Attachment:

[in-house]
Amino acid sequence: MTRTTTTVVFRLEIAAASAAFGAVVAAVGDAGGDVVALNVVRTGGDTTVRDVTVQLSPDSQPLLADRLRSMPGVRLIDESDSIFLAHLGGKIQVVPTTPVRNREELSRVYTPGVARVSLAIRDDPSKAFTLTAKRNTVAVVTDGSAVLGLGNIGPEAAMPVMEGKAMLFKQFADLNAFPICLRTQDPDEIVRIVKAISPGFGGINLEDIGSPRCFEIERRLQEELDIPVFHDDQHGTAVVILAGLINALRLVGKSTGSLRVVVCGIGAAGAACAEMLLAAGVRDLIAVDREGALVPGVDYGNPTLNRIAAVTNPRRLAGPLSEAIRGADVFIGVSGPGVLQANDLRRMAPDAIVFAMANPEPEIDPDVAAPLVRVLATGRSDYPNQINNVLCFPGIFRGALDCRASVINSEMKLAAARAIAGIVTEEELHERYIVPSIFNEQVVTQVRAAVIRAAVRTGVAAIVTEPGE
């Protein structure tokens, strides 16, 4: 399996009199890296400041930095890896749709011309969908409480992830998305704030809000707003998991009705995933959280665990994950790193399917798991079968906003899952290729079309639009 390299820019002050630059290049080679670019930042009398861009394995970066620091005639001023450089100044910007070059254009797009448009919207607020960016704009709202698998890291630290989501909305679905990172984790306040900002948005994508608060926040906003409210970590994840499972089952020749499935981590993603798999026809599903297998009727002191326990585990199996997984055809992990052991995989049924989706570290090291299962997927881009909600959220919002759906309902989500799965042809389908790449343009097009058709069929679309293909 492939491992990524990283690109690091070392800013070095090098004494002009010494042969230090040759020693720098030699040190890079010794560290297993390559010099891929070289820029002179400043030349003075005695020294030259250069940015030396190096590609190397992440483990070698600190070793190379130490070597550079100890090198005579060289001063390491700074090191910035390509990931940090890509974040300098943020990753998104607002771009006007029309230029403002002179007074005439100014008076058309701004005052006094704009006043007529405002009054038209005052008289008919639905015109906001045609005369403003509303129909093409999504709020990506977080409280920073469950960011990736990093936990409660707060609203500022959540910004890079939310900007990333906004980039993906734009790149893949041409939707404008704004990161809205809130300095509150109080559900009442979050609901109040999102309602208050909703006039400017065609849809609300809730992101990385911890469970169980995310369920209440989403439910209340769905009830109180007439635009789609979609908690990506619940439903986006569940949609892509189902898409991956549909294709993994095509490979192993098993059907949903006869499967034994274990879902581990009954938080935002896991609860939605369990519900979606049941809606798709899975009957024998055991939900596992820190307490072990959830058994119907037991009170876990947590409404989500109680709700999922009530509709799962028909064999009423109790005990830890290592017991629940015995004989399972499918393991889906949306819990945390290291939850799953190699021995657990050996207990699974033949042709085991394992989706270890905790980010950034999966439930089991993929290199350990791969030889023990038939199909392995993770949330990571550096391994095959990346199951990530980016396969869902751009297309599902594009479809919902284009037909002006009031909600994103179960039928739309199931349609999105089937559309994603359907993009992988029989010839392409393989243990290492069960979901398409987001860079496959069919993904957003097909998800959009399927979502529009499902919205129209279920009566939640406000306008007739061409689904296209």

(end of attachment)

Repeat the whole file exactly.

[in-house]
Amino acid sequence: MTRTTTTVVFRLEIAAASAAFGAVVAAVGDAGGDVVALNVVRTGGDTTVRDVTVQLSPDSQPLLADRLRSMPGVRLIDESDSIFLAHLGGKIQVVPTTPVRNREELSRVYTPGVARVSLAIRDDPSKAFTLTAKRNTVAVVTDGSAVLGLGNIGPEAAMPVMEGKAMLFKQFADLNAFPICLRTQDPDEIVRIVKAISPGFGGINLEDIGSPRCFEIERRLQEELDIPVFHDDQHGTAVVILAGLINALRLVGKSTGSLRVVVCGIGAAGAACAEMLLAAGVRDLIAVDREGALVPGVDYGNPTLNRIAAVTNPRRLAGPLSEAIRGADVFIGVSGPGVLQANDLRRMAPDAIVFAMANPEPEIDPDVAAPLVRVLATGRSDYPNQINNVLCFPGIFRGALDCRASVINSEMKLAAARAIAGIVTEEELHERYIVPSIFNEQVVTQVRAAVIRAAVRTGVAAIVTEPGE
């Protein structure tokens, strides 16, 4: 399996009199890296400041930095890896749709011309969908409480992830998305704030809000707003998991009705995933959280665990994950790193399917798991079968906003899952290729079309639009 390299820019002050630059290049080679670019930042009398861009394995970066620091005639001023450089100044910007070059254009797009448009919207607020960016704009709202698998890291630290989501909305679905990172984790306040900002948005994508608060926040906003409210970590994840499972089952020749499935981590993603798999026809599903297998009727002191326990585990199996997984055809992990052991995989049924989706570290090291299962997927881009909600959220919002759906309902989500799965042809389908790449343009097009058709069929679309293909 492939491992990524990283690109690091070392800013070095090098004494002009010494042969230090040759020693720098030699040190890079010794560290297993390559010099891929070289820029002179400043030349003075005695020294030259250069940015030396190096590609190397992440483990070698600190070793190379130490070597550079100890090198005579060289001063390491700074090191910035390509990931940090890509974040300098943020990753998104607002771009006007029309230029403002002179007074005439100014008076058309701004005052006094704009006043007529405002009054038209005052008289008919639905015109906001045609005369403003509303129909093409999504709020990506977080409280920073469950960011990736990093936990409660707060609203500022959540910004890079939310900007990333906004980039993906734009790149893949041409939707404008704004990161809205809130300095509150109080559900009442979050609901109040999102309602208050909703006039400017065609849809609300809730992101990385911890469970169980995310369920209440989403439910209340769905009830109180007439635009789609979609908690990506619940439903986006569940949609892509189902898409991956549909294709993994095509490979192993098993059907949903006869499967034994274990879902581990009954938080935002896991609860939605369990519900979606049941809606798709899975009957024998055991939900596992820190307490072990959830058994119907037991009170876990947590409404989500109680709700999922009530509709799962028909064999009423109790005990830890290592017991629940015995004989399972499918393991889906949306819990945390290291939850799953190699021995657990050996207990699974033949042709085991394992989706270890905790980010950034999966439930089991993929290199350990791969030889023990038939199909392995993770949330990571550096391994095959990346199951990530980016396969869902751009297309599902594009479809919902284009037909002006009031909600994103179960039928739309199931349609999105089937559309994603359907993009992988029989010839392409393989243990290492069960979901398409987001860079496959069919993904957003097909998800959009399927979502529009499902919205129209279920009566939640406000306008007739061409689904296209």